During the two decades she served as head resident of Roadside, Dunlap's activities extended well beyond the settlement house and its neighborhood. In 1912 she ran for the Des Moines school board, receiving support from the women of Des Moines "irrespective of social position."Young society women in limousines distributed campaign literature in the fashionable neighborhoods, women's clubs endorsed her candidacy, and shop girls who belonged to clubs at Roadside Settlement campaigned zealously for Dunlap by leaving candidacy cards in stores, factories, streetcars, and restaurants. Dunlap won, becoming the first woman to serve on the board. As she ended her three-year term, however, she described it as "the most unpleasant and most futile task" she had ever undertaken because none of the other members–all men– would speak or listen to her. One board member called the mothers who attended a meeting "old hens."Dunlap concluded that the board was not ready for women and decided not to run for reelection.

    During the same period, Dunlap served as legislative chair of the Iowa Federation of Women's Clubs (1913-1915) and was a leader in the woman suffrage movement. She won the presidency of the Iowa Equal Suffrage Association in 1913 and held the office until 1916, crisscrossing the state in 1913 in an automobile with other suffragists to hold educational open-air meetings in 30 towns. When an amendment to the state constitution giving Iowa women the right to vote was submitted to the voters in 1916, Dunlap led the campaign. The amendment was defeated in a fraudulent election, which Dunlap described in the chapter she wrote on Iowa for the multivolume History of Woman Suffrage.

    Whether discouraged by the suffrage vote or craving a new field of opportunity, Dunlap resigned from Roadside Settlement in September 1916 to head the Neighborhood Guild House in Brooklyn, New York. In 1917 and 1918 she was the regional director of the girls division of the War Camp Community Service. She returned to Roadside Settlement in 1918 and remained the head resident until 1924, when she resigned but continued her involvement as an active board member.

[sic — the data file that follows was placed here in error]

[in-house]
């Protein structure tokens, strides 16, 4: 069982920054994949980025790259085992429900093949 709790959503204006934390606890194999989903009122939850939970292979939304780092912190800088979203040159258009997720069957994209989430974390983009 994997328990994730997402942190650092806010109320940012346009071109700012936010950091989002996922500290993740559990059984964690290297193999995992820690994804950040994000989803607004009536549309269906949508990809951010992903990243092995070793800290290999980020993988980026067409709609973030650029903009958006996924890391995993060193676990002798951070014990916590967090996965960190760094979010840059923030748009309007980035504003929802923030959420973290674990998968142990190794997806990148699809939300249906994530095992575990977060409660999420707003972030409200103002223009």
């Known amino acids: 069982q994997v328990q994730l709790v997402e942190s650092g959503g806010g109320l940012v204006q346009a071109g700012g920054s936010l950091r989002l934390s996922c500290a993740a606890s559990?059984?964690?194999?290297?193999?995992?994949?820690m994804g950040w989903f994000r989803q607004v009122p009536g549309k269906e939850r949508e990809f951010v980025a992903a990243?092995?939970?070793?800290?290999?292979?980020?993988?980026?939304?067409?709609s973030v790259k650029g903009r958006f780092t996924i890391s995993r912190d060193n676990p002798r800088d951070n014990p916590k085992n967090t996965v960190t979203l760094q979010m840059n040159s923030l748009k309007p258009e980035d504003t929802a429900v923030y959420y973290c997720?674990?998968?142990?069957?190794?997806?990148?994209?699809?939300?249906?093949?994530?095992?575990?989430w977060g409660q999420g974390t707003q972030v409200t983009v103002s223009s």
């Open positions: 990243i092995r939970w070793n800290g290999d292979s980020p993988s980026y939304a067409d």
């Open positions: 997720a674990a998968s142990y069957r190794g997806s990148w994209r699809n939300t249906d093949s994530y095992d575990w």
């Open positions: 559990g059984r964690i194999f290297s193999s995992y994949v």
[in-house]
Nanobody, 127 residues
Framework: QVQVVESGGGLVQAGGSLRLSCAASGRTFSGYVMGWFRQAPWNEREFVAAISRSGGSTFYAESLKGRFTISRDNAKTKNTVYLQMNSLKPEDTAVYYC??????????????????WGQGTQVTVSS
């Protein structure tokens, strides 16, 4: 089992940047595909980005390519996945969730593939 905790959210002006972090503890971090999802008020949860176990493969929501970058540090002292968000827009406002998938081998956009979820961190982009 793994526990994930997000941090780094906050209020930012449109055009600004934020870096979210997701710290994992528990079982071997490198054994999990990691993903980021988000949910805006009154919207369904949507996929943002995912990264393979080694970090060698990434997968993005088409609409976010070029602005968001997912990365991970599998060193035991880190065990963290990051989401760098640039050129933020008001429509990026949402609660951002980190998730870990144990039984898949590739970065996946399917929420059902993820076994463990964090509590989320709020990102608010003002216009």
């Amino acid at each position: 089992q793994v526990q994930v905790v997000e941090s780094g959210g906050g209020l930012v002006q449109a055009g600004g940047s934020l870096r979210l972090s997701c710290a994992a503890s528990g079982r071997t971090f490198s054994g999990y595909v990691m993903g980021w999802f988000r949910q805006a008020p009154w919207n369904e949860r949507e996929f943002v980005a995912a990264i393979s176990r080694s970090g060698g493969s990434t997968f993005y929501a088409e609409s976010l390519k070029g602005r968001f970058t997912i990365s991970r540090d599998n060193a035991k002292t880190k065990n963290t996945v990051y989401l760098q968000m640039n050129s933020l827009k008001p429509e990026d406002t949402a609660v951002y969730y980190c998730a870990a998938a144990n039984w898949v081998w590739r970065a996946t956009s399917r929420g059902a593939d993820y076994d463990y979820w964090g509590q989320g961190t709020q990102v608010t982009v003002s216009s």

After Congress passed the 19th Amendment in 1919, Dunlap became the first president of the fledgling Iowa League of Women Voters, serving a one-year term (1919-1920). She was elected head of the Polk County Women's Democratic Club in 1922 and again in 1940. From 1924 to 1930 she lived in Circleville, Ohio, her childhood home. Returning to Des Moines during the Depression, she held several government positions: member of the Polk County emergency relief committee and head of the Polk County women's division of the Works Progress Administration. She moved to Columbus, Ohio, in 1943 to be closer to family as she aged. Flora Dunlap Elementary School in the Roadside neighborhood, named in her honor, was completed before her death on August 26, 1952.
Sources Much of this essay is derived from an article by Louise Noun in the Des Moines Register, 4/11/1993, and from research files on Dunlap in the Louise Noun Papers, Iowa Women's Archives, University of Iowa Libraries, Iowa City. See also Iowa biography files, Des Moines Public Library; obituary, Annals of Iowa 31 (1953), 560; and articles by Flora Dunlap, including "Roadside Settlement of Des Moines," Annals of Iowa 21 (1938), 161–89; "Settlement vs. Saloon: Some Twenty Years of Competition for Leadership in the Des Moines Bottoms," Survey (1927); and "Iowa," in History of Woman Suffrage, ed. Elizabeth Cady Stanton, Susan B. Anthony, and Matilda Joslyn Gage (1881–1922).
Contributor: Kären M. Mason